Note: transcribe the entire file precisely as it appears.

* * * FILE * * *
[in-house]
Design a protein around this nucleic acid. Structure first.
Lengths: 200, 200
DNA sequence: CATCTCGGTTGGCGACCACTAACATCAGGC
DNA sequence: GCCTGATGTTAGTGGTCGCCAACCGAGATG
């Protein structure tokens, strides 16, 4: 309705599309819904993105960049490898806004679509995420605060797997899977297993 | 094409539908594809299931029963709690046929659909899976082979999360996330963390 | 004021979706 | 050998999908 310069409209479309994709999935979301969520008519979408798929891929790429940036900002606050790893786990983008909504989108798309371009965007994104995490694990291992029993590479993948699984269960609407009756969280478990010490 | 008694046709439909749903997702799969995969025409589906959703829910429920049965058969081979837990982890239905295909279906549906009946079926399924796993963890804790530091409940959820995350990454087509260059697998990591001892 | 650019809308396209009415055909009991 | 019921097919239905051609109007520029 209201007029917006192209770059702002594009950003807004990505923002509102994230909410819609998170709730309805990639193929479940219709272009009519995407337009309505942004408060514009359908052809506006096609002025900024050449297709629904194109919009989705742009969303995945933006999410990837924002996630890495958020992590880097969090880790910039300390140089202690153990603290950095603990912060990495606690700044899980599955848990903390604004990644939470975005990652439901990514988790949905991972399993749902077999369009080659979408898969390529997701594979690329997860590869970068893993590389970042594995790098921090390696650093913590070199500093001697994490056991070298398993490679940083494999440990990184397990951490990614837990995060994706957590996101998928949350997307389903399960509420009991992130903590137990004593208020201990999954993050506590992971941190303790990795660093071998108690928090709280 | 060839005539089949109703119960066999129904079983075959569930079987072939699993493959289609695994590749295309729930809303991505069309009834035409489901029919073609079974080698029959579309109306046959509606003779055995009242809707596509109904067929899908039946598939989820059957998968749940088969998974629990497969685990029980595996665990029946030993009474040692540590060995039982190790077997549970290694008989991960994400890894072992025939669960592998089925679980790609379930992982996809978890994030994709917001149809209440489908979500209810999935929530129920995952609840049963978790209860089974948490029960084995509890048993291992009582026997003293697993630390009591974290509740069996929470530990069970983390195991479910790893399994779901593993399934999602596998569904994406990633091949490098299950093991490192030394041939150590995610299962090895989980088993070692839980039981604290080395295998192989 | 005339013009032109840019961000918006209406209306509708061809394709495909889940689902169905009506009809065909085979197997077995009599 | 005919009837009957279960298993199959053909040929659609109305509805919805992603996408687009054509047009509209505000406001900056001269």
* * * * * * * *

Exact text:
[in-house]
Design a protein around this nucleic acid. Structure first.
Lengths: 200, 200
DNA sequence: CATCTCGGTTGGCGACCACTAACATCAGGC
DNA sequence: GCCTGATGTTAGTGGTCGCCAACCGAGATG
């Protein structure tokens, strides 16, 4: 309705599309819904993105960049490898806004679509995420605060797997899977297993 | 094409539908594809299931029963709690046929659909899976082979999360996330963390 | 004021979706 | 050998999908 310069409209479309994709999935979301969520008519979408798929891929790429940036900002606050790893786990983008909504989108798309371009965007994104995490694990291992029993590479993948699984269960609407009756969280478990010490 | 008694046709439909749903997702799969995969025409589906959703829910429920049965058969081979837990982890239905295909279906549906009946079926399924796993963890804790530091409940959820995350990454087509260059697998990591001892 | 650019809308396209009415055909009991 | 019921097919239905051609109007520029 209201007029917006192209770059702002594009950003807004990505923002509102994230909410819609998170709730309805990639193929479940219709272009009519995407337009309505942004408060514009359908052809506006096609002025900024050449297709629904194109919009989705742009969303995945933006999410990837924002996630890495958020992590880097969090880790910039300390140089202690153990603290950095603990912060990495606690700044899980599955848990903390604004990644939470975005990652439901990514988790949905991972399993749902077999369009080659979408898969390529997701594979690329997860590869970068893993590389970042594995790098921090390696650093913590070199500093001697994490056991070298398993490679940083494999440990990184397990951490990614837990995060994706957590996101998928949350997307389903399960509420009991992130903590137990004593208020201990999954993050506590992971941190303790990795660093071998108690928090709280 | 060839005539089949109703119960066999129904079983075959569930079987072939699993493959289609695994590749295309729930809303991505069309009834035409489901029919073609079974080698029959579309109306046959509606003779055995009242809707596509109904067929899908039946598939989820059957998968749940088969998974629990497969685990029980595996665990029946030993009474040692540590060995039982190790077997549970290694008989991960994400890894072992025939669960592998089925679980790609379930992982996809978890994030994709917001149809209440489908979500209810999935929530129920995952609840049963978790209860089974948490029960084995509890048993291992009582026997003293697993630390009591974290509740069996929470530990069970983390195991479910790893399994779901593993399934999602596998569904994406990633091949490098299950093991490192030394041939150590995610299962090895989980088993070692839980039981604290080395295998192989 | 005339013009032109840019961000918006209406209306509708061809394709495909889940689902169905009506009809065909085979197997077995009599 | 005919009837009957279960298993199959053909040929659609109305509805919805992603996408687009054509047009509209505000406001900056001269």